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It is what it is
Beijing tops ObamaSpeak as the Top Teleword of the Year followed by 'facts are stubborn...
[ 2008-09-26 10:43 ]

It is what it is

Beijing tops ObamaSpeak as the Top Teleword of the Year followed by 'facts are stubborn things', 'it is what it is,' and Phelpsian.

That is the headline of a story released by the Global Language Monitor in its fifth annual analysis of the most cited, or sighted, words on the web.

Beijing tops the list thanks, obviously to the Olympics which drew some 4.7 viewers from around the world. ObamaSpeak refers to newly coined words in relation, or allusion, to Barack Obama the American Democratic presidential candidate, such as Obamamentum (momentum), Obamacize (criticize), Obamarama (panorama). Phelpsian? Michael Phelps, of course, the American swimmer who bagged 8 gold medals in Beijing. But my question to you is: what does "it is what it is" mean?

Well, "Facts are stubborn things" is one explanation, given by John Adams. This quaint turn of phrase shot to No. 4 on the list (right behind "it is what it is" itself in third place) thanks to the fact that the HBO's miniseries about the life of the second US President won 13 Emmys, the most in the history of US television's version of the Oscars (which are for Hollywood). But my question remains, do you get the message? What does "it is what it is" mean?

Frankly speaking, this phrase reminds me most of Jeff Van Gundy, former coach of Yao Ming with the Rockets. Van Gundy wears "it is what it is" on his lips as often as Sarah Palin applies a lipstick. That's an exaggeration, but you get the idea. "It is what it is" epitomizes Van Gundy's no-excuse, no-complaint approach to life. And work, of course, at which he's been known as a no-nonsense coach who demands dedication and perfection from his players, which is one reason why he was so fond of Yao.

It is around Yao, of course, that Jeff uttered the phrase in question a lot. Yao would get injured, leaving the Rockets empty in the middle, and Jeff would say "it is what it is" and ask other players to give more. Yao would be playing for the national team during the NBA offseason, risking a burnout and Jeff would say "it is what it is" and leave the topic at that. Yao would be called for phantom fouls and Jeff would defend Yao calling NBA refs biased against his Chinese star. One time, during the 2005 playoffs, one such claim drew the ire of the NBA top brass and they fined him $100,000 for it. And Jeff would say, of course: "It is what it is."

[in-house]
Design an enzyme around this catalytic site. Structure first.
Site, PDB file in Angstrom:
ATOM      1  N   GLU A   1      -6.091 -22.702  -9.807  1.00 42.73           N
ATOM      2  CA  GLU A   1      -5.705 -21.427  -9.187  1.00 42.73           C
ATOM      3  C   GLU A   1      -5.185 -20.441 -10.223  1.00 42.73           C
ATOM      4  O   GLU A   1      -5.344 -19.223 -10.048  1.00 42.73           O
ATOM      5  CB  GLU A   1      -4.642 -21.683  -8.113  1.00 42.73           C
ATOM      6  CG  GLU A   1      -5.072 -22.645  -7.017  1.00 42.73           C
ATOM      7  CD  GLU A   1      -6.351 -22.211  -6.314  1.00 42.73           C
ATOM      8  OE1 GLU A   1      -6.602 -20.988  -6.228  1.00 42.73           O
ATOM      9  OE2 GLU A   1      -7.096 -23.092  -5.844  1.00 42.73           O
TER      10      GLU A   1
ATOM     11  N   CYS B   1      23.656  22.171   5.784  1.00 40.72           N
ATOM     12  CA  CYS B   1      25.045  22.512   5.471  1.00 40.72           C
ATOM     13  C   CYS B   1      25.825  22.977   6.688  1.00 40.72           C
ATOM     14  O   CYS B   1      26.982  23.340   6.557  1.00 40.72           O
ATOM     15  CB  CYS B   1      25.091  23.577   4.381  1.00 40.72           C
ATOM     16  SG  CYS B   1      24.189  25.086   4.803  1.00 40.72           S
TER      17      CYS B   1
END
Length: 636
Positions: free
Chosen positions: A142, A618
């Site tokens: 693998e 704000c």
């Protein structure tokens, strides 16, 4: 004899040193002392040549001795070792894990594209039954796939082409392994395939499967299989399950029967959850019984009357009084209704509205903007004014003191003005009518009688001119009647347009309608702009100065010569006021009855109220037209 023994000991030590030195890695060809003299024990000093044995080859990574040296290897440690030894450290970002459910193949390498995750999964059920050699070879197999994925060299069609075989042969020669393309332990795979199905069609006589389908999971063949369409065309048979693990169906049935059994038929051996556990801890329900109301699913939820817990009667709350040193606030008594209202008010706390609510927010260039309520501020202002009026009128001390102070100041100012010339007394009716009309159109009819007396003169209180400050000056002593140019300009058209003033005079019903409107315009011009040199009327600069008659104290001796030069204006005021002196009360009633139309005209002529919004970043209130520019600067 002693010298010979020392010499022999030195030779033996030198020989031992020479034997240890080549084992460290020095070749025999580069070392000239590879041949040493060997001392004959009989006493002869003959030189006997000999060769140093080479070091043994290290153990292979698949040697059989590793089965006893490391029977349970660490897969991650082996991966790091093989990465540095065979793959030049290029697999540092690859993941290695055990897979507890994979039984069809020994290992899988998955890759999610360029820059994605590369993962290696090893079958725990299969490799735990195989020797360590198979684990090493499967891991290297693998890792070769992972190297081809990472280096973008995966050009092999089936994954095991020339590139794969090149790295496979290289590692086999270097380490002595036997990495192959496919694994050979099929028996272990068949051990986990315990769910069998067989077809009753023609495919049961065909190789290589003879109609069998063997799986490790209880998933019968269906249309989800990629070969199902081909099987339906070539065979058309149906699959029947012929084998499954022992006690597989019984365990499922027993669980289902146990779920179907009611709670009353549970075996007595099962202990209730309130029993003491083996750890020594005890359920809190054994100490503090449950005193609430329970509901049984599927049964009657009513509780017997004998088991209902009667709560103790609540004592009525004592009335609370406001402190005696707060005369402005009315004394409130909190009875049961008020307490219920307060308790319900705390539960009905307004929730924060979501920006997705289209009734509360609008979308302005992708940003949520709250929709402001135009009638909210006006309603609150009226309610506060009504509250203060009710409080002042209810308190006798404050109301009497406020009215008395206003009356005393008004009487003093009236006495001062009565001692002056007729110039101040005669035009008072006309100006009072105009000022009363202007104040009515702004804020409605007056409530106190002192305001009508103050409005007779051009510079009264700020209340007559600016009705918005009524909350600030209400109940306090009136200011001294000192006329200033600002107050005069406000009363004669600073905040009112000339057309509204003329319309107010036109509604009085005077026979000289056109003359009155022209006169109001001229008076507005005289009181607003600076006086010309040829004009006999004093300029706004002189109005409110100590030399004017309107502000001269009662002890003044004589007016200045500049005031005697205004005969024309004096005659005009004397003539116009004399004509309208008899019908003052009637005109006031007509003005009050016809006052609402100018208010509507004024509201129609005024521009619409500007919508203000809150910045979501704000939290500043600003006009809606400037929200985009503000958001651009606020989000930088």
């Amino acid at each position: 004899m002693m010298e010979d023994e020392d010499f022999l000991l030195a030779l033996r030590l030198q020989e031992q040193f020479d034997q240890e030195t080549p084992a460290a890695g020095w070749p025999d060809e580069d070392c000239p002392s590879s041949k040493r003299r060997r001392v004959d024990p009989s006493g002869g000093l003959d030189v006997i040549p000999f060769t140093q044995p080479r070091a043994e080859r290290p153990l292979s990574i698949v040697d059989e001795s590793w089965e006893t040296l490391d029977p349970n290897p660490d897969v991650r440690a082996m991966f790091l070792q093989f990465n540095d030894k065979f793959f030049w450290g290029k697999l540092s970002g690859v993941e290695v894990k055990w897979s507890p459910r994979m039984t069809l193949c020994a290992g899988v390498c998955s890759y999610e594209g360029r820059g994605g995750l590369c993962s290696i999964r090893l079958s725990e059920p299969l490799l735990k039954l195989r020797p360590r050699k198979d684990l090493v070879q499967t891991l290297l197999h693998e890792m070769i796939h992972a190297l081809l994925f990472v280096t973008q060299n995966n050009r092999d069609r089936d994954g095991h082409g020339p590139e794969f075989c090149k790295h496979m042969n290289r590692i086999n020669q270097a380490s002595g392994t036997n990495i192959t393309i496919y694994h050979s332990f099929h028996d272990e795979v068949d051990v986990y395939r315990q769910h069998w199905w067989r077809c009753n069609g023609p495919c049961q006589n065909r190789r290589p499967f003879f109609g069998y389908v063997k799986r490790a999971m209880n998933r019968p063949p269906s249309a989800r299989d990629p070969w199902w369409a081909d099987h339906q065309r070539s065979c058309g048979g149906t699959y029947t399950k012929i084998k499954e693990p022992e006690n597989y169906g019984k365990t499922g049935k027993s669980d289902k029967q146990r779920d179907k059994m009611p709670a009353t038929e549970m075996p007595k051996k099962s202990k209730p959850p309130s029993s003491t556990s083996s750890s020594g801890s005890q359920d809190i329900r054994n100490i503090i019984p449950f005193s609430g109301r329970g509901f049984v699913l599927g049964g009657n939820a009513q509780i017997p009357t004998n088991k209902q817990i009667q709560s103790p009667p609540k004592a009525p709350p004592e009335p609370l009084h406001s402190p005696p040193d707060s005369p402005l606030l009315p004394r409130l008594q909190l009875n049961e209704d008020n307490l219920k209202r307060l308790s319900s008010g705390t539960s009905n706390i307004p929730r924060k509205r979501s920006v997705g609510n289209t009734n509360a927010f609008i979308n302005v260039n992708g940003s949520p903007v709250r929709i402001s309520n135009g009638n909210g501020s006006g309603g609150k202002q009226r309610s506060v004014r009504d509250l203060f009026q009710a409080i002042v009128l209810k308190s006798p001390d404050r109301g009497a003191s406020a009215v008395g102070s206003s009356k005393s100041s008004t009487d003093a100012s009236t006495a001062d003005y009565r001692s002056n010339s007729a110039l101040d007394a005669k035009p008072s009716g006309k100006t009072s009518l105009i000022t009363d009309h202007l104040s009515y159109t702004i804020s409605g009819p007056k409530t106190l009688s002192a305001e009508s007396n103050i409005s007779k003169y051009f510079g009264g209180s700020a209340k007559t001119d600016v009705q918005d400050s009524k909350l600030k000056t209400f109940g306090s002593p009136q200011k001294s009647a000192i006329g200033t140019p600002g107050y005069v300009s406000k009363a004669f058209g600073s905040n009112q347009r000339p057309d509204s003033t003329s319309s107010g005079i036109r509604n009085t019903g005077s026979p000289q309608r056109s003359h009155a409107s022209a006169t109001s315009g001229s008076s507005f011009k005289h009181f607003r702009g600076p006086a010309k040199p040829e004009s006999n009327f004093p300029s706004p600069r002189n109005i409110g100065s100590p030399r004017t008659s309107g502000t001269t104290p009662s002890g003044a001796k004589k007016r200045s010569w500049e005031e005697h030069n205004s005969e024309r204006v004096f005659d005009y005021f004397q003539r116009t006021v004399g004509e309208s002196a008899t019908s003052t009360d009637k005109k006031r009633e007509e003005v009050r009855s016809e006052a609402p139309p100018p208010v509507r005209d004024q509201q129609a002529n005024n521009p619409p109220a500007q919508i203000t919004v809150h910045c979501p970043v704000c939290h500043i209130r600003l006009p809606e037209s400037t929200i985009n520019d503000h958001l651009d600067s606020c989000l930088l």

As you can see, "it is what it is" implies the following messages: it happens (injuries are part of a professional player's life); it happens and there's nothing I can do (I cannot force Yao to quit playing for his country); it happens (I've said what I said and I'll take the consequence).

Incidentally, I think the Chinese Taoism and the Western existentialism are best summed up by the saying "What is, is". That is to say, what happens does for a reason. Instead of fighting against it you'd better accept it and (re)start from there. Reality is. Trying to deny or change reality is in vain. It's wasted energy – you'd do better spending the energy on something you have control over. That is, of course, if you're a positive person. If you're negative-minded, I am sure the same "what is, is" gives you a profound sense of resignation and despair.

Now, that's a terrible explanation, I know – It gives the whole thing away.

Ah well, it's too late to adopt the Adams doctrine, say "facts are stubborn things" and bid everyone adieu.

So, let's move on to examples from the media.

1. If China pushes Yao to play, he will play. Before China allowed him to come to the NBA nearly six years ago, expectations were established for his continued participation with the Chinese national team. As a result, Yao has not missed a major competition in his five offseasons with the Rockets. "It is what it is," Van Gundy says. "We knew that, and we accepted that." Echoes Rockets G.M. Daryl Morey: "It's who he is."

- For the sake of his career, Yao must learn to say 'no', SportingNews.com, March 6, 2008.

2. The way to determine whether an adage is past its prime is to look at who is still saying it.

If Defense Secretary Donald Rumsfeld and pop star Britney Spears and wanna-be Donald Trump apprentice Lee Bienstock are all using the expression, then it is time for the expression to go.

"It is what it is" just isn't anymore.

Rumsfeld, pressed by a reporter about invading another country, said: "You can call that defense, as I do, or you can call it pre-emptive, but it is what it is."

- The death knell of a catch phrase? It is what it is, St. Petersburg Times, July 11, 2006.

3. For additional nuance, I turn to Joe Pickett, executive editor of the American Heritage Dictionary. "It is what it is is also a way of expressing philosophical resignation over a disappointment, of saying that the situation just has to be put up with. Athletes will say it about a missed catch or a bad call by the referee; it means that they don't want to dwell on the situation. A variation of It is what it is is What's done is done; you'd never say that about a person, but you can say She is what she is. It reminds me of a phrase rampant here in Boston: 'That's just Manny being Manny,' to refer to the weird behavior of the Red Sox slugger Manny Ramirez. It must be a variation on 'Let Reagan be Reagan.'" (That tautophrasal political slogan was based on the 1981 Let Poland be Poland.)

- It Is What It Is, by William Safire, New York Times, March 5, 2006.



About the author:

Zhang Xin is Trainer at chinadaily.com.cn. He has been with China Daily since 1988, when he graduated from Beijing Foreign Studies University. Write him at: zhangxin@chinadaily.com.cn, or raise a question for potential use in a future column.

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